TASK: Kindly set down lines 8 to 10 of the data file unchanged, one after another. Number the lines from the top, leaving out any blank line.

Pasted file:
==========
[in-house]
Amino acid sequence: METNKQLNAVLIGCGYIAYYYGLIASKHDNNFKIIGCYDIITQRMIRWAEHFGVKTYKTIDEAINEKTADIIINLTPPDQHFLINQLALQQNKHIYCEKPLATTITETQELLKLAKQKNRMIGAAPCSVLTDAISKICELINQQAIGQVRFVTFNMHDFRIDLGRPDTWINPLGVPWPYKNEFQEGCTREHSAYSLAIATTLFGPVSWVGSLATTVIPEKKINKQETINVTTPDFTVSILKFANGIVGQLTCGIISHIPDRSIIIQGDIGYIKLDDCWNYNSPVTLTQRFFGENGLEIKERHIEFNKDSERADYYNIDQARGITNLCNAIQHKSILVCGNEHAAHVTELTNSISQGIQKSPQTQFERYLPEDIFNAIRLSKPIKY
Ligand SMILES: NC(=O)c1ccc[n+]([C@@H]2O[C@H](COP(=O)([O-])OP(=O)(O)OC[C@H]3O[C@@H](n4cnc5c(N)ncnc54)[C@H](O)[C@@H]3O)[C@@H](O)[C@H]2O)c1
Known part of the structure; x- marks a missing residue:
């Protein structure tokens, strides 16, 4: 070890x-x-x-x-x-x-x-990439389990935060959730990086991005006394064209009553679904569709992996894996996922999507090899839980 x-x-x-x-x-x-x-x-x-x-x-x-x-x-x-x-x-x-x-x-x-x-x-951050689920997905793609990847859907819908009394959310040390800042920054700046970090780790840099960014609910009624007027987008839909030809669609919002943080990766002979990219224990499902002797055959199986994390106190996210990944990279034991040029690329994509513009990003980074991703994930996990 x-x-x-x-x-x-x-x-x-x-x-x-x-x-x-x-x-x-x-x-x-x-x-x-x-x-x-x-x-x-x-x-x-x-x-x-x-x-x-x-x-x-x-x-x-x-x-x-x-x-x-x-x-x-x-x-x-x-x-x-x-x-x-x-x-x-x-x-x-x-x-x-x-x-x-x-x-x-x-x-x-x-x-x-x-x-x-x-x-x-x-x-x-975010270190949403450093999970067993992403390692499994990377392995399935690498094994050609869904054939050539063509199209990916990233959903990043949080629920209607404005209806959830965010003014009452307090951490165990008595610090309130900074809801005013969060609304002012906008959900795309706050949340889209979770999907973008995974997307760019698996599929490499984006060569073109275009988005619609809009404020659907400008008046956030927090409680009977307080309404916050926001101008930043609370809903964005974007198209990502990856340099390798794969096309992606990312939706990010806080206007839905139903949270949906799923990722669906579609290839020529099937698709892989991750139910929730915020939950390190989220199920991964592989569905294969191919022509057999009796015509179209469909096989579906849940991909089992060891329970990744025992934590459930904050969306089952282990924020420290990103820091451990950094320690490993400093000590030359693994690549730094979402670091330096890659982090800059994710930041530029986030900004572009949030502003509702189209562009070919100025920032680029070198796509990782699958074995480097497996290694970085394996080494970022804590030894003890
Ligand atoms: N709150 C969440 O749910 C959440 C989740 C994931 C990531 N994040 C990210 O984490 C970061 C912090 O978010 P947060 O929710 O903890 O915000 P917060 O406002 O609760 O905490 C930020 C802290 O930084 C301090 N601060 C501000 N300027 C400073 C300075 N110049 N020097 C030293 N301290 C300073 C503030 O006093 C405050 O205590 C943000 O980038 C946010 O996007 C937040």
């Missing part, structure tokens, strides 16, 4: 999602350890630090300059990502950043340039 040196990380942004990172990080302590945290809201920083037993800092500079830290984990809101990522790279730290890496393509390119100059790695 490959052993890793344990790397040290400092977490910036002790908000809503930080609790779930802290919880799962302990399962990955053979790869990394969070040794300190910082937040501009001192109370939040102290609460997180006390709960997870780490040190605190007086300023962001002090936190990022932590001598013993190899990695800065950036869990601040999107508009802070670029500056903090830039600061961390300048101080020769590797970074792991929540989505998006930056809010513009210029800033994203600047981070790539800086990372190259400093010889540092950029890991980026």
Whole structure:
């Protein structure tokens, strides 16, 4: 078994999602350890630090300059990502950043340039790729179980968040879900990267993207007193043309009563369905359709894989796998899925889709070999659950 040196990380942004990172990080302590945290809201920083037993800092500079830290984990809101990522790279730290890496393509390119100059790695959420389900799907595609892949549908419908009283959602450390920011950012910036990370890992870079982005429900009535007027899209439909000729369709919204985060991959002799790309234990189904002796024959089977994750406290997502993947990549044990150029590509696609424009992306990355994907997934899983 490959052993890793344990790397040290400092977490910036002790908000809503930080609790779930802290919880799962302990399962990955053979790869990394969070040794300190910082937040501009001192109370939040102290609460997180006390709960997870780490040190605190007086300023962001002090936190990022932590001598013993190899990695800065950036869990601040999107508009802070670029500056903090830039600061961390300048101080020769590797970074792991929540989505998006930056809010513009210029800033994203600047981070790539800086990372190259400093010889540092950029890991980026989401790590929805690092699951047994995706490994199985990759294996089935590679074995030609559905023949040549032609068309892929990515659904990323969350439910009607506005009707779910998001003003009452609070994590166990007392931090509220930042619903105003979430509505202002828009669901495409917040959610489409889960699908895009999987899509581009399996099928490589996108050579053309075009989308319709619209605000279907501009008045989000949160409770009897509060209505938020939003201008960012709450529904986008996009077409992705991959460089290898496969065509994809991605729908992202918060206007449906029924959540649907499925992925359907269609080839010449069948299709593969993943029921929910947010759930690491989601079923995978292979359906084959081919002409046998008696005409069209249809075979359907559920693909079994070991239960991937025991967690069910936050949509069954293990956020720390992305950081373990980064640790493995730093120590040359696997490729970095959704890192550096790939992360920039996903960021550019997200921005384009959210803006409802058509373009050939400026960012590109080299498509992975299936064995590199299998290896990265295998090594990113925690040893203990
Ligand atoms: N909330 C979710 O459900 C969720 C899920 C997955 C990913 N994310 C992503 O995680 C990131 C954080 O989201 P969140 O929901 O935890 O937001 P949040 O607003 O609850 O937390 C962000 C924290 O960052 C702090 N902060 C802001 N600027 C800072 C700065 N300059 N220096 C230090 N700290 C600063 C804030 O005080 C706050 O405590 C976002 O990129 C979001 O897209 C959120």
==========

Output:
Whole structure:
């Protein structure tokens, strides 16, 4: 078994999602350890630090300059990502950043340039790729179980968040879900990267993207007193043309009563369905359709894989796998899925889709070999659950 040196990380942004990172990080302590945290809201920083037993800092500079830290984990809101990522790279730290890496393509390119100059790695959420389900799907595609892949549908419908009283959602450390920011950012910036990370890992870079982005429900009535007027899209439909000729369709919204985060991959002799790309234990189904002796024959089977994750406290997502993947990549044990150029590509696609424009992306990355994907997934899983 490959052993890793344990790397040290400092977490910036002790908000809503930080609790779930802290919880799962302990399962990955053979790869990394969070040794300190910082937040501009001192109370939040102290609460997180006390709960997870780490040190605190007086300023962001002090936190990022932590001598013993190899990695800065950036869990601040999107508009802070670029500056903090830039600061961390300048101080020769590797970074792991929540989505998006930056809010513009210029800033994203600047981070790539800086990372190259400093010889540092950029890991980026989401790590929805690092699951047994995706490994199985990759294996089935590679074995030609559905023949040549032609068309892929990515659904990323969350439910009607506005009707779910998001003003009452609070994590166990007392931090509220930042619903105003979430509505202002828009669901495409917040959610489409889960699908895009999987899509581009399996099928490589996108050579053309075009989308319709619209605000279907501009008045989000949160409770009897509060209505938020939003201008960012709450529904986008996009077409992705991959460089290898496969065509994809991605729908992202918060206007449906029924959540649907499925992925359907269609080839010449069948299709593969993943029921929910947010759930690491989601079923995978292979359906084959081919002409046998008696005409069209249809075979359907559920693909079994070991239960991937025991967690069910936050949509069954293990956020720390992305950081373990980064640790493995730093120590040359696997490729970095959704890192550096790939992360920039996903960021550019997200921005384009959210803006409802058509373009050939400026960012590109080299498509992975299936064995590199299998290896990265295998090594990113925690040893203990
Ligand atoms: N909330 C979710 O459900 C969720 C899920 C997955 C990913 N994310 C992503 O995680 C990131 C954080 O989201 P969140 O929901 O935890 O937001 P949040 O607003 O609850 O937390 C962000 C924290 O960052 C702090 N902060 C802001 N600027 C800072 C700065 N300059 N220096 C230090 N700290 C600063 C804030 O005080 C706050 O405590 C976002 O990129 C979001 O897209 C959120």